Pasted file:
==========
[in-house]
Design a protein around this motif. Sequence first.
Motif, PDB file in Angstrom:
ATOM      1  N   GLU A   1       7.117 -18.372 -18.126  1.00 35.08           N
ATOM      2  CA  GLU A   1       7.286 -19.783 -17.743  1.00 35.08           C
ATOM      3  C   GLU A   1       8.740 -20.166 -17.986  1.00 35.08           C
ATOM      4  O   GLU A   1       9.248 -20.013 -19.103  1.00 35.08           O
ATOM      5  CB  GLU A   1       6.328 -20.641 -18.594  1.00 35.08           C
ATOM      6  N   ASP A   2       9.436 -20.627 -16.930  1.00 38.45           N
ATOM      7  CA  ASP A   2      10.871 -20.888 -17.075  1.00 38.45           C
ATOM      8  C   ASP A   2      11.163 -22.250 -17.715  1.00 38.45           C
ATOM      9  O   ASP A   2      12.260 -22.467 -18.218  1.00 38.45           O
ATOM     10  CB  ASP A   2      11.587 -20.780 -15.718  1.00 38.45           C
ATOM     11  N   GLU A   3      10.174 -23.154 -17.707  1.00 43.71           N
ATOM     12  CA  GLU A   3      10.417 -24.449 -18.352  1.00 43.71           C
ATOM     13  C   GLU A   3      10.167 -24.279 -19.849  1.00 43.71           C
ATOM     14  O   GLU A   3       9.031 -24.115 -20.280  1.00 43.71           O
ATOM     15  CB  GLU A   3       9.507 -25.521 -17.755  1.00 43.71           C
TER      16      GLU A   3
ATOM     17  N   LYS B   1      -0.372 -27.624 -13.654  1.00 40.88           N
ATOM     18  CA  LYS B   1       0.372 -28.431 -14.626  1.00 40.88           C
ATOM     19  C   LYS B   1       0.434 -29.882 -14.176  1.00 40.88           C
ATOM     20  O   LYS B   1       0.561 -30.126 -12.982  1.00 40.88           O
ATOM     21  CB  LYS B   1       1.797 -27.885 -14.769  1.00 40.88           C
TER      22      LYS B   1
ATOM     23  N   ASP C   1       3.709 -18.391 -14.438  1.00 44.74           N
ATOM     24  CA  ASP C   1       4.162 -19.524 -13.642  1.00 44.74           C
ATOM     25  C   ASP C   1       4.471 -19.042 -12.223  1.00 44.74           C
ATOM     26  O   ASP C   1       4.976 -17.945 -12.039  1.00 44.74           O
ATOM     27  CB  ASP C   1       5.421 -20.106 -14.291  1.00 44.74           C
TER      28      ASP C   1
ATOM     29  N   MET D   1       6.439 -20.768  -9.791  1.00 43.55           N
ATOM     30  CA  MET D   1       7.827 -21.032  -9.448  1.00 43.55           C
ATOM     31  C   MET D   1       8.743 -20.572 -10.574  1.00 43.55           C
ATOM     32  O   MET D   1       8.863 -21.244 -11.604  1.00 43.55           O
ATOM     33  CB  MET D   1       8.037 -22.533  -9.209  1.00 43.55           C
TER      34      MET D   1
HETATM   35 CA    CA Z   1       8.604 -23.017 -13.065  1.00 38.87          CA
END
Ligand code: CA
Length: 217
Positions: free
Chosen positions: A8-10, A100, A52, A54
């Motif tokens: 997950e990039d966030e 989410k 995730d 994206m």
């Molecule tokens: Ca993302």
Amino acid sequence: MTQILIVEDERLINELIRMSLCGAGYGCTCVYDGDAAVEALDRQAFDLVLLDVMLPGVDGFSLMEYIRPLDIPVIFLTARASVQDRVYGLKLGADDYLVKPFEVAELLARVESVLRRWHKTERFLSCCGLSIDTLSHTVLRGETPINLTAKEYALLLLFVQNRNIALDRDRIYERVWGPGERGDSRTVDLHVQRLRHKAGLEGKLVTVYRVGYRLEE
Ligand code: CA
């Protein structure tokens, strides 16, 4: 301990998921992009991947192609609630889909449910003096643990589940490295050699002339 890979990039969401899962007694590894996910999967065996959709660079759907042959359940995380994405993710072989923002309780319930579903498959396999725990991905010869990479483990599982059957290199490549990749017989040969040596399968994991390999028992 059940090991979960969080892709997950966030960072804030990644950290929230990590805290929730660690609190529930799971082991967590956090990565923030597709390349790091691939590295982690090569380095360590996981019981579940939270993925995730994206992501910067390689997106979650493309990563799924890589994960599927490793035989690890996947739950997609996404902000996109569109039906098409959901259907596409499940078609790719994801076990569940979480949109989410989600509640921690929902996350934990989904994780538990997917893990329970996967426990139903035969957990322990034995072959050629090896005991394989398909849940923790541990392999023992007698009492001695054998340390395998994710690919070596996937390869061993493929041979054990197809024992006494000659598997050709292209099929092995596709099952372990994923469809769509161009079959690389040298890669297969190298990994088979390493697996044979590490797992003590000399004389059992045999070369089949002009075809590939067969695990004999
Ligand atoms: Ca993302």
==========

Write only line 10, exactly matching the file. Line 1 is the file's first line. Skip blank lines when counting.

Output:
ATOM      7  CA  ASP A   2      10.871 -20.888 -17.075  1.00 38.45           C